Getting into Lovecraft:

Total posts: [115]
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Bigfoot Puncher
Is it just me, or does The Descent seem suspiciously similar to "The Beast in the Cave"?
A fistful of me.
So far I've read "Mountains of Madness", "Call of Cthulhu", and just started "The Case of Charles Dexter Ward" and I'm wondering, do any Lovecraft stories have dialogue? Seriously, second hand narrative retellings being the basis of his stories is grating on my nerves.
53 RichReeders19th Jul 2012 03:06:36 PM from Watching this muffin.
Official Muffin Watcher
Don't Lovecraft stories basically boil down to "Something happens, generally involving some sort of alien create/demon/ice cream salesman (note: ice cream salesmen may or may not cause insanity - I'm just covering my bases here) and everyone goes batshit insane, the end?
Don't you try anything, you baked good you.
54 LizardBite19th Jul 2012 04:52:05 PM from Two Galaxies Over
[up][up]A few have some dialogue. I think. Can't remember any specific examples. His general style is dialogueless though.
55 Xtifr8th Aug 2012 07:20:02 PM , Relationship Status: Having tea with Cthulhu
World's Toughest Milkman
For my money, the best collection, and an excellent place to start, is Tales of H.P. Lovecraft, edited by Joyce Carol Oates. It's got "The Music of Erich Zann", "The Rats in the Walls", "The Call of Cthulhu", "The Colour Out of Space", "The Dunwich Horror", "At the Mountains of Madness", "The Shadow Over Innsmouth", and a few others.
Speaking words of fandom: let it squee, let it squee.
Michael G.
I'll Recommend "H.P. Lovecraft: Great Tales of Horror."

I actually just recently read the Call of Cthulu and the Colour out of Space.

I'm actually inspired to write from the perspective of the Colours.
Feel free to visit my yokai blog.
When I started out reading Lovecraft, I'd already learned quite a bit about his most famous works through Pop Cultural Osmosis. Those included The Call of Cthulhu, The Shadow Over Innsmouth and The Mountains of Madness. They were still good, but I was more impressed with some of the less known works like The Colour Out of Space and The Music of Erich Zann (which is amazing). That being said, if you want to get straight to the famous fish people and eldritch horrors, Innsmouth and The Dunwich Horror are probably among the best.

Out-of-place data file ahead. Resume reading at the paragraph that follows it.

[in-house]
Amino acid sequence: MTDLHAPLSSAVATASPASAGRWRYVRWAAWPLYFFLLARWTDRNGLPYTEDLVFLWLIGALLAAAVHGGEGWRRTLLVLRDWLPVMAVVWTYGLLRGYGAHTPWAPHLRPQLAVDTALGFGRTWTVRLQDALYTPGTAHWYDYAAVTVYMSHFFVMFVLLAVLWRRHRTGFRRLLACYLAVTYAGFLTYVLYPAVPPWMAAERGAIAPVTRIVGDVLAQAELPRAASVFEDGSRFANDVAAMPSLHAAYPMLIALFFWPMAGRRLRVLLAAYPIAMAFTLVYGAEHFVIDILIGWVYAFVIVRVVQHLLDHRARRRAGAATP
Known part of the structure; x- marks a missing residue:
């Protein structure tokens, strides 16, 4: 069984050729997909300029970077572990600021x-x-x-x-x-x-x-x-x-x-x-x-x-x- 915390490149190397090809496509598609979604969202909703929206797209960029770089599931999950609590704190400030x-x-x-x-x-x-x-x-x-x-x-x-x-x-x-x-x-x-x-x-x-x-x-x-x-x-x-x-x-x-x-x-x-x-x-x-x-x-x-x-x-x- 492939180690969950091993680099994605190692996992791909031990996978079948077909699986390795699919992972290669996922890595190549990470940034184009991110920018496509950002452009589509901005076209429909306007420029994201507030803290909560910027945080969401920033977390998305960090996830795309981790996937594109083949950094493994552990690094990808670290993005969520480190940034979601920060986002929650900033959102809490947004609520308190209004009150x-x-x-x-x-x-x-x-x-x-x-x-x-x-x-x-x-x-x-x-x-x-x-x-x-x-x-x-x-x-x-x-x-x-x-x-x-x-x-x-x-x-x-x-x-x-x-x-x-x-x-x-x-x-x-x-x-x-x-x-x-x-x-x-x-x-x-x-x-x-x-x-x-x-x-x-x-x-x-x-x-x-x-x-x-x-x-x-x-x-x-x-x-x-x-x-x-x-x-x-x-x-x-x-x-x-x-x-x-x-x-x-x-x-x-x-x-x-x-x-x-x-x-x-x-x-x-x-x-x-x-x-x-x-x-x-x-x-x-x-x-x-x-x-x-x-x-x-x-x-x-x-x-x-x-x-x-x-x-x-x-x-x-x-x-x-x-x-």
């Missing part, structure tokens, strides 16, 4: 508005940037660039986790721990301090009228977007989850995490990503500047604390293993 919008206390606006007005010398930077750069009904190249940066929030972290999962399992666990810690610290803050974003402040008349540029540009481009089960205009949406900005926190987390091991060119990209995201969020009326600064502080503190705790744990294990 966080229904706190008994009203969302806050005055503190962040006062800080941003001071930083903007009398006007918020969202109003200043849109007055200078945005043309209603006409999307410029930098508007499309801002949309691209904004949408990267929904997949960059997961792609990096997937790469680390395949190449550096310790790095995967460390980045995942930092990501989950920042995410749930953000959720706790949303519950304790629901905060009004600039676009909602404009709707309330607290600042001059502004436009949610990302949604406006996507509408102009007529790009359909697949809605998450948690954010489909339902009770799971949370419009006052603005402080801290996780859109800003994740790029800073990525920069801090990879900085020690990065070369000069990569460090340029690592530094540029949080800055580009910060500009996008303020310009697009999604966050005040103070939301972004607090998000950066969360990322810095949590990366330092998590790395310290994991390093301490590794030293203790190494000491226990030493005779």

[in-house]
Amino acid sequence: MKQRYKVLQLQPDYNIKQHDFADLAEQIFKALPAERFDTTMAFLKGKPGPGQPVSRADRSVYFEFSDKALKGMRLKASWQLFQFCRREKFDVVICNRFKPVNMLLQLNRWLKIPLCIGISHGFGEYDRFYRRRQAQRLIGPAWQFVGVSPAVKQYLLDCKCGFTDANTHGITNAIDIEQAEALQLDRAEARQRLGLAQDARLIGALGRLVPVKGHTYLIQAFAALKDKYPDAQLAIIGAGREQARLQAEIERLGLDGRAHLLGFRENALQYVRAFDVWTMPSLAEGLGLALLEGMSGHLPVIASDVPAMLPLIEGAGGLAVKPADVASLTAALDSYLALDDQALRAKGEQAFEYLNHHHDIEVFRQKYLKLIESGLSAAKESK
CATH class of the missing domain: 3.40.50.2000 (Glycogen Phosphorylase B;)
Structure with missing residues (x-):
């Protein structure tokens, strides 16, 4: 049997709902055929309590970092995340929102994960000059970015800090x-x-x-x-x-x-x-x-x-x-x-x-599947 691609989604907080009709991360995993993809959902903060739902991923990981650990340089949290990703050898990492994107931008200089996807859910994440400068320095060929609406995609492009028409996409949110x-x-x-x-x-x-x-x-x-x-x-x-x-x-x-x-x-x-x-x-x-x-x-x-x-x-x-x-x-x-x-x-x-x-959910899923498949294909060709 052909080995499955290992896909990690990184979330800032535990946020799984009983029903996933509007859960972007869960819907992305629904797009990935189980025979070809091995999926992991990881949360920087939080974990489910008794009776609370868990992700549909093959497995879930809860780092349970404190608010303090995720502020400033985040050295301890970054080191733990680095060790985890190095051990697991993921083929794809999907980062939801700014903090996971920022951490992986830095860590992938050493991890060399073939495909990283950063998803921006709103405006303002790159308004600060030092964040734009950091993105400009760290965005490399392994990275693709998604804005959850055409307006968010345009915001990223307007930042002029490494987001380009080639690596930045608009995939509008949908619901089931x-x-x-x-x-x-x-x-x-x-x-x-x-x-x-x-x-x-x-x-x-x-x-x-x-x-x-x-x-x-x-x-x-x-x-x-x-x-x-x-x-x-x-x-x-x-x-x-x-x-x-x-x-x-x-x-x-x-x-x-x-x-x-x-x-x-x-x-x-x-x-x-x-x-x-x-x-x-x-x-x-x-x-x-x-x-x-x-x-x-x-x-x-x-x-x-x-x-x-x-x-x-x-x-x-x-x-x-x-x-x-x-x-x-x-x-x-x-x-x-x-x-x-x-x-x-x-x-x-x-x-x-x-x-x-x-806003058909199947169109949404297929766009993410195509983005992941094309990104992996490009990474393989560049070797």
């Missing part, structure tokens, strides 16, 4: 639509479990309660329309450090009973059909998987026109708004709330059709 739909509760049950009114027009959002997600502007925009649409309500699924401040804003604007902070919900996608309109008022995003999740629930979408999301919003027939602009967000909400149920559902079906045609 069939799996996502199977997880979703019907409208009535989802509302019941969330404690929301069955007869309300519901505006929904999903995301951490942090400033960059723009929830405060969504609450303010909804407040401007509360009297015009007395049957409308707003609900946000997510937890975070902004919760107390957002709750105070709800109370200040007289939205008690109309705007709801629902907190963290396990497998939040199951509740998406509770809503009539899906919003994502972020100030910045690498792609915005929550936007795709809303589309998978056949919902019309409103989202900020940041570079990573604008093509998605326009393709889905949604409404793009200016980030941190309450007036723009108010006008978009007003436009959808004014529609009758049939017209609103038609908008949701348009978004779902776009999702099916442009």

Professional Nerd
I, for one, suggest that the OP read "Sweet Ermengarde."

... What?

edited 19th Aug '12 12:10:48 PM by Sparkysharps

"If there's a hole, it's a man's job to thrust into it!"
Ryoma Nagare, New Getter Robo
I found The Call of Cthulhu rather...disappointing because it was basically a third-hand account, although I imagine some of that is it being over-hyped. Whisperer in the Darkness is currently my favorite.

edited 19th Aug '12 1:07:56 PM by Accela

For those complaining about the lack of dialog, you wouldn't be complaining if you had read more of Lovecraft's "dialog."
61 Jhimmibhob21st Aug 2012 11:20:02 AM from Where the tea is sweet, and the cornbread ain't , Relationship Status: My own grandpa
[up]To wit: [clears throat, grabs "The Call of Cthulhu" off the shelf]

He said, "It is new, indeed, for I made it last night in a dream of strange cities; and dreams are older than brooding Tyre, or the contemplative Sphinx, or garden-girdled Babylon."

The more I think of it, though, the more I'd like to see Glengarry Glen Ross re-shot with Lovecraftian dialogue: "The fuming Mocha of antique Kush and nitid, daemon-haunted Brasil is for closers."

edited 21st Aug '12 11:20:32 AM by Jhimmibhob

"She was the kind of dame they write similes about." —Pterodactyl Jones
Pronounced YAK-you-luss
[up]You know, it sometimes amazes me how Lovecraft became so popular and enduring despite failing as a writer on so many, many levels.

I mean, I can see why (what he did well, he did very well), but it's still pretty astonishing when you come to think of it.
What's precedent ever done for us?
Bigfoot Puncher
[up]It's mostly his ideas that became popular. He actually didn't see much success when he was living.
A fistful of me.
He was extremely skillful at letting the reader's imagination do much of the work. The aliens in Whisperer in the Darkness are far more terrifying when you get only vague, panicked descriptions via a frightened old man's letters.
65 KnightofLsama21st Aug 2012 04:27:34 PM from The Sea of Chaos
Servant of the Golden Lady of Chaos